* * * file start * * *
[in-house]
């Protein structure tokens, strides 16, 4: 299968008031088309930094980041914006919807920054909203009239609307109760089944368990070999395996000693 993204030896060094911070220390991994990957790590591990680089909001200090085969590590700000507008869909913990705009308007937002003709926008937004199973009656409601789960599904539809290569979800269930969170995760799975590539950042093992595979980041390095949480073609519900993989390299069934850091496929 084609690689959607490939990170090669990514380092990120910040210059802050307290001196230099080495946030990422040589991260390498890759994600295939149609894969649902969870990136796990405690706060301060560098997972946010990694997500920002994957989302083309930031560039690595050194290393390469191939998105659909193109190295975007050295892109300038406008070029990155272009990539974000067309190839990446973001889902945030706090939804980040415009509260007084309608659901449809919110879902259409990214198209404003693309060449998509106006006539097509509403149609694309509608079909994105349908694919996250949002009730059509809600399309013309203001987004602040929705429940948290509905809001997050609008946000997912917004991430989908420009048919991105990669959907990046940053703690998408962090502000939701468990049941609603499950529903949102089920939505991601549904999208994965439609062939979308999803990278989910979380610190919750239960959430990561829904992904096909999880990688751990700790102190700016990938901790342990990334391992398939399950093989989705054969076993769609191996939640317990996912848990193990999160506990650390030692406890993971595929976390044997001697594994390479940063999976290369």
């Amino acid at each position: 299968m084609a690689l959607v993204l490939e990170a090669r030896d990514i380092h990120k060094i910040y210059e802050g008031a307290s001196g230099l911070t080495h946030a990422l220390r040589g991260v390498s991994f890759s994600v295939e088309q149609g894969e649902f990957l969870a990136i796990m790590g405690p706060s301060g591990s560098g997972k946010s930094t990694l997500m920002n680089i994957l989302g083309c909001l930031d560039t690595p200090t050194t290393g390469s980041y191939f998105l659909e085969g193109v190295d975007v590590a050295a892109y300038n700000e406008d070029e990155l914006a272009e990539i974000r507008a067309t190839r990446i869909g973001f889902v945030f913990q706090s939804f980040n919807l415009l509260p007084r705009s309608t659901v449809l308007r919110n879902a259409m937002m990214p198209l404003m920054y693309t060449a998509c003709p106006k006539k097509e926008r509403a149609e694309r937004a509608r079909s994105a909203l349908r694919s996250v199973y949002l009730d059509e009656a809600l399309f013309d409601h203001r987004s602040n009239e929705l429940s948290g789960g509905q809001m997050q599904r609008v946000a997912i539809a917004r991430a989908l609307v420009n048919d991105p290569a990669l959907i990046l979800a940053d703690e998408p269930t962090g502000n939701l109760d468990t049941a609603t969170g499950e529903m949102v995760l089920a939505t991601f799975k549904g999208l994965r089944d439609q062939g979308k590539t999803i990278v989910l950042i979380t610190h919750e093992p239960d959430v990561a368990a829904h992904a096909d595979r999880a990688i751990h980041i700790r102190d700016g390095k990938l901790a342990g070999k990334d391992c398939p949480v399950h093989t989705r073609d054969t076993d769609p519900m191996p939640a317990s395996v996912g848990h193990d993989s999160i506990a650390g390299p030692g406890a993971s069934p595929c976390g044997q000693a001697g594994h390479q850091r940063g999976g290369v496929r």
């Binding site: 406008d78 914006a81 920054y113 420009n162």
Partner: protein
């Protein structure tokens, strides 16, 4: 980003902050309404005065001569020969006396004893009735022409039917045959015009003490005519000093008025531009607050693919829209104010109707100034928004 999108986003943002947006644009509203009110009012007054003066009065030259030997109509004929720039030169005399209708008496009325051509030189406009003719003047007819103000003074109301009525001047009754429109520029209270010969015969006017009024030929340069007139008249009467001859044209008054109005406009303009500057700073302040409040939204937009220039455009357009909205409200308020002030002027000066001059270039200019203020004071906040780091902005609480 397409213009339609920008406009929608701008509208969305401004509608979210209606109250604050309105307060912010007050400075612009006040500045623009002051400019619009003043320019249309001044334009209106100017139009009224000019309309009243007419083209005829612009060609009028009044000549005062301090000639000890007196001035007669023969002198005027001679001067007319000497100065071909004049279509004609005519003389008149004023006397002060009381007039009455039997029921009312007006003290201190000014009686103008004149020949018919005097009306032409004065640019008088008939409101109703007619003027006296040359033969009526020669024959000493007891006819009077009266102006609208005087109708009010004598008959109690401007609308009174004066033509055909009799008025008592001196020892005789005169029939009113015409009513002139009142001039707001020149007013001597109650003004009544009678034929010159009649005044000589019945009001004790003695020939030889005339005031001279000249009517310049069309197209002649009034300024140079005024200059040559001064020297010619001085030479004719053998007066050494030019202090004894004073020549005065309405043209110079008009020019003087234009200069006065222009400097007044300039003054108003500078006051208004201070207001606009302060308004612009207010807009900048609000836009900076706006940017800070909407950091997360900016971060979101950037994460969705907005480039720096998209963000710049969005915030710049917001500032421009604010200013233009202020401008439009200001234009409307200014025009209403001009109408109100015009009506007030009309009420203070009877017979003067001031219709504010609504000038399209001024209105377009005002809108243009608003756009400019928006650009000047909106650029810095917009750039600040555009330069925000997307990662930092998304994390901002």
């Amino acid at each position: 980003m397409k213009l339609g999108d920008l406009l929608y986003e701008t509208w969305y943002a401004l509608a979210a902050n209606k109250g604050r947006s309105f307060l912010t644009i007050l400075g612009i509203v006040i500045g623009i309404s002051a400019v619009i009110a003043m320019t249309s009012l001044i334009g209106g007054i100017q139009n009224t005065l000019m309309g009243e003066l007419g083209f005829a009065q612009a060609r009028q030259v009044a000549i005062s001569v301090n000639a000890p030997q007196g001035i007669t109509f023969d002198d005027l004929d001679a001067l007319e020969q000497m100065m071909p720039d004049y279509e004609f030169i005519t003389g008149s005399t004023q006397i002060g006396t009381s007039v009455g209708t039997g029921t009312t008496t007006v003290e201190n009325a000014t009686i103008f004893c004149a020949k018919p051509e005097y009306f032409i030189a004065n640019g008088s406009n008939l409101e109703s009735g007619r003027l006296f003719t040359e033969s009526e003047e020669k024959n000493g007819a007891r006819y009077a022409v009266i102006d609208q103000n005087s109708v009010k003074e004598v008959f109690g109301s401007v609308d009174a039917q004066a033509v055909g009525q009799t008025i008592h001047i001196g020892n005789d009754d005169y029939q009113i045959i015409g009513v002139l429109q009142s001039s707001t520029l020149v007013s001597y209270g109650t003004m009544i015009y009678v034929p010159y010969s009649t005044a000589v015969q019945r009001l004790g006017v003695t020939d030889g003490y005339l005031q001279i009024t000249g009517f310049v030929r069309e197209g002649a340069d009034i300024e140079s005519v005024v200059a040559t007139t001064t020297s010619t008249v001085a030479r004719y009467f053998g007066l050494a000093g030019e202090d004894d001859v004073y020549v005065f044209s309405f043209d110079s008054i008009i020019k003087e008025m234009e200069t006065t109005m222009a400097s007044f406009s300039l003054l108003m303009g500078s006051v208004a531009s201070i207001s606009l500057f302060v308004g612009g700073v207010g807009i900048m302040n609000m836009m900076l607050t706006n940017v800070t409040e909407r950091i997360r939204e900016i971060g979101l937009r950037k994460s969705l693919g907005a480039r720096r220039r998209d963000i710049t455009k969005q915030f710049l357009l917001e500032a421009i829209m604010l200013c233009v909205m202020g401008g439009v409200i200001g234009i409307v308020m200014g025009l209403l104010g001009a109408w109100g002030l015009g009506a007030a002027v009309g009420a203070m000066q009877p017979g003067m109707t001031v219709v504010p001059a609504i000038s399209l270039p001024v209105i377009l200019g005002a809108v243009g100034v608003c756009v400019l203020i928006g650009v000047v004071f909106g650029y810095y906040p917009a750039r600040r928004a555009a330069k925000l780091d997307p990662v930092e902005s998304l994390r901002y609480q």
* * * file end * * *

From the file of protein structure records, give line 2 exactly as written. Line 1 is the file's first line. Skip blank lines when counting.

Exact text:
């Protein structure tokens, strides 16, 4: 299968008031088309930094980041914006919807920054909203009239609307109760089944368990070999395996000693 993204030896060094911070220390991994990957790590591990680089909001200090085969590590700000507008869909913990705009308007937002003709926008937004199973009656409601789960599904539809290569979800269930969170995760799975590539950042093992595979980041390095949480073609519900993989390299069934850091496929 084609690689959607490939990170090669990514380092990120910040210059802050307290001196230099080495946030990422040589991260390498890759994600295939149609894969649902969870990136796990405690706060301060560098997972946010990694997500920002994957989302083309930031560039690595050194290393390469191939998105659909193109190295975007050295892109300038406008070029990155272009990539974000067309190839990446973001889902945030706090939804980040415009509260007084309608659901449809919110879902259409990214198209404003693309060449998509106006006539097509509403149609694309509608079909994105349908694919996250949002009730059509809600399309013309203001987004602040929705429940948290509905809001997050609008946000997912917004991430989908420009048919991105990669959907990046940053703690998408962090502000939701468990049941609603499950529903949102089920939505991601549904999208994965439609062939979308999803990278989910979380610190919750239960959430990561829904992904096909999880990688751990700790102190700016990938901790342990990334391992398939399950093989989705054969076993769609191996939640317990996912848990193990999160506990650390030692406890993971595929976390044997001697594994390479940063999976290369």